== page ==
Lauret Savoy, “Trace: Memory, History, Race, and the American Landscape”

Event Description

Sand and stone are Earth’s fragmented memory. Each of us is also a landscape inscribed by memory and loss. Lauret Savoy’s Trace interweaves journeys and historical inquiry across a continent and time to explore how this country’s still unfolding history has marked the land, this society, and her. From twisted terrain within the San Andreas Fault zone to a South Carolina plantation, from national parks to burial grounds to names on the land, from “Indian Territory” and the U.S.-Mexico Border to the U.S. capital, Trace grapples with a searing national history to reveal the often-unvoiced presence of the past. Lauret will offer elements from this book and introduce her current project on the Chesapeake region. The new work braids histories of the land and of “race” using as a lens her search for ancestors, lives entwined by converging diasporas from Africa, Indigenous America, and the Indian Ocean basin with immigrants from Europe in the seventeenth and eighteenth centuries. Their stories are entangled with the rise and fall of tobacco agriculture and the origin and growth of the capital city along the Potomac River. Lauret delves through fragmented histories—geological, personal, cultural—to find shadowy outlines of other stories of place in America. She asks, what is your relationship with history, told and untold, on this land?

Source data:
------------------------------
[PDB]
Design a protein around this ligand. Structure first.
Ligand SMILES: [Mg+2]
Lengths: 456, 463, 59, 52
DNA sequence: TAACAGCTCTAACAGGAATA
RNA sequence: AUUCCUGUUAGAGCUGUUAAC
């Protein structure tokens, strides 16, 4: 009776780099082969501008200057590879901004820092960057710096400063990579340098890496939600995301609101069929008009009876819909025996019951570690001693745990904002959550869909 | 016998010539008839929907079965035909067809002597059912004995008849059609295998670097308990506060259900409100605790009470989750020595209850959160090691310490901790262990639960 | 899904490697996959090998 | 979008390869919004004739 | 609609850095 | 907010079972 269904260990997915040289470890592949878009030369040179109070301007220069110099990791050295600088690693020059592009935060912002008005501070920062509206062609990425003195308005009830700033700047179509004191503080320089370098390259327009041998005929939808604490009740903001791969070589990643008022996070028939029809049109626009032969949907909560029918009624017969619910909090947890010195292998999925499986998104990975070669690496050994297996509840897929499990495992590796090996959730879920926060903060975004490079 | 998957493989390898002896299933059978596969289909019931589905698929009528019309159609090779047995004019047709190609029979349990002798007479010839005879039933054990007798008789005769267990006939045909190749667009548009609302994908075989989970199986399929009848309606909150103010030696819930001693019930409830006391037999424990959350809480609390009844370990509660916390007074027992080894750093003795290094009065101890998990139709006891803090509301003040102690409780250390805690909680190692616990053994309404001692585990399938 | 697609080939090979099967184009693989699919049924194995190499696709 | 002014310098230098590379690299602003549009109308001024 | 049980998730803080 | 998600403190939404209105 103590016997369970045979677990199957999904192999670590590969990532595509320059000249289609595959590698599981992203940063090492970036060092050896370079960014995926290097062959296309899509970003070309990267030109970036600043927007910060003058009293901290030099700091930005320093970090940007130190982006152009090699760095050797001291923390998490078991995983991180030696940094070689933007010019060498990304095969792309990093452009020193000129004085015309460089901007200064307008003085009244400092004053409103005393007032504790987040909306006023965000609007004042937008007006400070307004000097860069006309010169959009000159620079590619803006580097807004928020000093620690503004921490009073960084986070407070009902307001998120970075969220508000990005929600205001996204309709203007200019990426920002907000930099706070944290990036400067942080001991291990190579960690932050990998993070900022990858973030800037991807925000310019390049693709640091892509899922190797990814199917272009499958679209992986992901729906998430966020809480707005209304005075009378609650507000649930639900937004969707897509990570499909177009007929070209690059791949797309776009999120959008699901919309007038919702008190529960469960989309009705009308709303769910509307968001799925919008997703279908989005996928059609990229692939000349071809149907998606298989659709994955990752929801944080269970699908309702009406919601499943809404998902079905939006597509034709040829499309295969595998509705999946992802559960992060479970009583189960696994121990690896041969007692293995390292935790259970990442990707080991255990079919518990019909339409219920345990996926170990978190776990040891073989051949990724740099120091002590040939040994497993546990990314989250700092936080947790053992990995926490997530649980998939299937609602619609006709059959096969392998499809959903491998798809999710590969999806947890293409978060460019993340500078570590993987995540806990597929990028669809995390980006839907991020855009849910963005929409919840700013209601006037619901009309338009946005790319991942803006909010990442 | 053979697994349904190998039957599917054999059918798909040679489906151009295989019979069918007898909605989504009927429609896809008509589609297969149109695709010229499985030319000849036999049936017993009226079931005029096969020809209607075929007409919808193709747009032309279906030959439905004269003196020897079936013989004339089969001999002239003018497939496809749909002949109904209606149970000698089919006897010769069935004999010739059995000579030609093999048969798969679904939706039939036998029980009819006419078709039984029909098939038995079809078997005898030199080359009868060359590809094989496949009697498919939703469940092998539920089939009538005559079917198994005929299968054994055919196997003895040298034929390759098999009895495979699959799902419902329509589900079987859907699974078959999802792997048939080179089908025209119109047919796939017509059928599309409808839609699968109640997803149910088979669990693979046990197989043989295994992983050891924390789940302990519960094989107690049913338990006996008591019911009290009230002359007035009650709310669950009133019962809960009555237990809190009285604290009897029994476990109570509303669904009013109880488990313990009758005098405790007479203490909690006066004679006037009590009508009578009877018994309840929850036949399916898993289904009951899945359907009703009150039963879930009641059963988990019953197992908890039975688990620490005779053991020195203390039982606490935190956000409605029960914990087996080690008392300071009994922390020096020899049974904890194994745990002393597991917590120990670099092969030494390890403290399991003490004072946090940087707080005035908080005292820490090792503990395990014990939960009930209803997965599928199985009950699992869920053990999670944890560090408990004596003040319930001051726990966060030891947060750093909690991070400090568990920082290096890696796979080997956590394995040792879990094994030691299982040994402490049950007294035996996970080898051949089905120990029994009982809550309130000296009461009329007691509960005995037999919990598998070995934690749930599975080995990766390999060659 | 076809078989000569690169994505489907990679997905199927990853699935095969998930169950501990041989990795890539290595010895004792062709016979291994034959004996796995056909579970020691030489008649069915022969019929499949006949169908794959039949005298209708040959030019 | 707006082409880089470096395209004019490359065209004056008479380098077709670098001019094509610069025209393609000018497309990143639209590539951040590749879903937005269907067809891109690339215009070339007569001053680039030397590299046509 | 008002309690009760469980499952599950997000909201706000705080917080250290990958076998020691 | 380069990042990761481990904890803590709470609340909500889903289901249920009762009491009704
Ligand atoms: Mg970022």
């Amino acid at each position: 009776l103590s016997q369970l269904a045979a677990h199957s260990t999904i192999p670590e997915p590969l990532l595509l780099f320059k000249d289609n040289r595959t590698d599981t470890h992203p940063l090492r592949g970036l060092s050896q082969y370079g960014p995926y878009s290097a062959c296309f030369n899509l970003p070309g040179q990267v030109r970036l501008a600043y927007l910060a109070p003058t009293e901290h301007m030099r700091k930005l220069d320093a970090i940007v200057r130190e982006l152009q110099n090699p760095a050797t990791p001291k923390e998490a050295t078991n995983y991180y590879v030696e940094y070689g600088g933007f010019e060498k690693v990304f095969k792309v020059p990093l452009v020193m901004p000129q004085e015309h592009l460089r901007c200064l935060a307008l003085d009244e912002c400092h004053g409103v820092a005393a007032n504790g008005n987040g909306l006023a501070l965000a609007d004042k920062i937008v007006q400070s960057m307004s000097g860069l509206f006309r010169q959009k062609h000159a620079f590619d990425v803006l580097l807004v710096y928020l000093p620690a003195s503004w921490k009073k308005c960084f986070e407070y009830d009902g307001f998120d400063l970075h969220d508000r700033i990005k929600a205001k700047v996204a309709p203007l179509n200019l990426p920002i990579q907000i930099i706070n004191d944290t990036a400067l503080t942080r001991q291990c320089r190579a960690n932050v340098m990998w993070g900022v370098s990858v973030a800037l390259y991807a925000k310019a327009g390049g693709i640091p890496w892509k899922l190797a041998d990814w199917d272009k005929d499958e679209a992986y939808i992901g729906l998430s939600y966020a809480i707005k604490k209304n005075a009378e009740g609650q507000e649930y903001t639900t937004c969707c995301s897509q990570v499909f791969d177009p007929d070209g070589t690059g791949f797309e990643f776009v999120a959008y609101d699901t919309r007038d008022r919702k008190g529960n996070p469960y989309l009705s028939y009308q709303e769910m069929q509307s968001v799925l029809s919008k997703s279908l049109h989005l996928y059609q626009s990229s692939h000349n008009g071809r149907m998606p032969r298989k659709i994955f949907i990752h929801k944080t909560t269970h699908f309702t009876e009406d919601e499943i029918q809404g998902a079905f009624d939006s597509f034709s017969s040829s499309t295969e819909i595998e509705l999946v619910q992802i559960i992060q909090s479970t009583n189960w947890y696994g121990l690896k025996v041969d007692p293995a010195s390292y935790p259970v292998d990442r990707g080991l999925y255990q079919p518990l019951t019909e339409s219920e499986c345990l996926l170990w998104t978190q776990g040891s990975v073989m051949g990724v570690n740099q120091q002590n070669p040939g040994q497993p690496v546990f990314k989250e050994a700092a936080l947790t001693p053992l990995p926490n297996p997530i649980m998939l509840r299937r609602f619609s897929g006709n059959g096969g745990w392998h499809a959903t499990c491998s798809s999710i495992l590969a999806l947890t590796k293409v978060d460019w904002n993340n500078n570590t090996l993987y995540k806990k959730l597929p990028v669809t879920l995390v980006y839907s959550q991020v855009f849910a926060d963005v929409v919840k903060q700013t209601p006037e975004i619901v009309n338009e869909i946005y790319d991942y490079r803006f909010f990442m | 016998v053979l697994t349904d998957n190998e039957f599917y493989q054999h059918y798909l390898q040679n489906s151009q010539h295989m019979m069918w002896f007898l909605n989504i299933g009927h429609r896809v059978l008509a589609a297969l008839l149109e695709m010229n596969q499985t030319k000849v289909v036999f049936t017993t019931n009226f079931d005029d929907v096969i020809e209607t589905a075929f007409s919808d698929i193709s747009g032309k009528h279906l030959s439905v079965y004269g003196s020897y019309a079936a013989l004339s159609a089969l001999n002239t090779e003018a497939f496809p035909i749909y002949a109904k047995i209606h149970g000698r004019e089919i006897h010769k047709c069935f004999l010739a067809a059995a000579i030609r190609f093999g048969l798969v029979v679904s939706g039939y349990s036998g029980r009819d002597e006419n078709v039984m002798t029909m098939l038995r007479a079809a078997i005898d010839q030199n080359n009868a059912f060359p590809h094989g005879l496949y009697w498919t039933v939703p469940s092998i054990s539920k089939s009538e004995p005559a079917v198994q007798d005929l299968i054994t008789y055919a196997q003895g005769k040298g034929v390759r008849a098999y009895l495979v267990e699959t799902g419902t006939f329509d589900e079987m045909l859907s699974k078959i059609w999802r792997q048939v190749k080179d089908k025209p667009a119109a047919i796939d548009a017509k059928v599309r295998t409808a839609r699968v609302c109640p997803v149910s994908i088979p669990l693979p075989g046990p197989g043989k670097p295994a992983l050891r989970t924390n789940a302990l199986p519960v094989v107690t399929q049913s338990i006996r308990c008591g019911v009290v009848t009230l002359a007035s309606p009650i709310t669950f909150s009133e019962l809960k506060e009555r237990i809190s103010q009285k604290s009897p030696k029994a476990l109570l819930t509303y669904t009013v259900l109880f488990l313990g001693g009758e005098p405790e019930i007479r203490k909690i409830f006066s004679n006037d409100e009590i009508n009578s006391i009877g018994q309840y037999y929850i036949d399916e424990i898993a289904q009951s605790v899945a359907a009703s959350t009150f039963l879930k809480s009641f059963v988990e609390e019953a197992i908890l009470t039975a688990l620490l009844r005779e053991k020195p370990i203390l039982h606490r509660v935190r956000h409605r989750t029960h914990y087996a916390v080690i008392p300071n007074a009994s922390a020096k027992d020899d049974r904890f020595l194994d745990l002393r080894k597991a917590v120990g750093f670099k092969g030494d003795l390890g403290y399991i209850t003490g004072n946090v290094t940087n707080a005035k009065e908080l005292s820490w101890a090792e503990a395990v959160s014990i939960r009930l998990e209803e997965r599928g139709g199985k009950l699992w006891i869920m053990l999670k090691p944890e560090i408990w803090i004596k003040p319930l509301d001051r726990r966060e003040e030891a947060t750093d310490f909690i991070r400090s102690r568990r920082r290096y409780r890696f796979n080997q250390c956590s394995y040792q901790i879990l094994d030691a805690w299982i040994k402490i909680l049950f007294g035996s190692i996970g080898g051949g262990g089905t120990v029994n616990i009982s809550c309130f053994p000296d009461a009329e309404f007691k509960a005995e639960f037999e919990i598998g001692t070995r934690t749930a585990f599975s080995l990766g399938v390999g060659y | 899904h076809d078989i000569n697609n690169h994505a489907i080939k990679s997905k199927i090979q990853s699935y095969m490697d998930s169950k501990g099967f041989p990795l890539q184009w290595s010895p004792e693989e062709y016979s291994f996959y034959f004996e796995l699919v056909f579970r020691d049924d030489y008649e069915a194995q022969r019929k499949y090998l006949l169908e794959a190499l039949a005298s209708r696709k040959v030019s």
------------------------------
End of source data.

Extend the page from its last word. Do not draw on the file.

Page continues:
Headshot of Lauret Savoy wearing a straw hat against an ocean scene.Lauret Savoy‘s research and writing consider how the nation’s ever-unfolding history has marked the land and people. Trace: Memory, History, Race, and the American Landscape won the 2016 American Book Award; it was a finalist for PEN American and additional honors. Her other books include The Colors of Nature: Culture, Identity, and the Natural World and Bedrock: Writers on the Wonders of Geology, named one of the “Five Best” science books in the Wall Street Journal. Lauret writes of the complex intertwinings of natural and cultural histories to understand the American land’s origins—and the stories we tell of ourselves in this land. A woman of African American, Euro-American, and Indigenous heritages, Lauret is the David B. Truman Professor of Environmental Studies & Geology at Mount Holyoke College.  Winner of Mount Holyoke’s Distinguished Teaching Award and an Andrew Carnegie Fellowship, Lauret has also held fellowships from the Smithsonian Institution and Yale University.  She is a Fellow of the Geological Society of America and a pilot.


This program is co-sponsored by the GSD, the Environment Forum at the Mahindra Humanities Center, and the Salata Institute for Climate and Sustainability.


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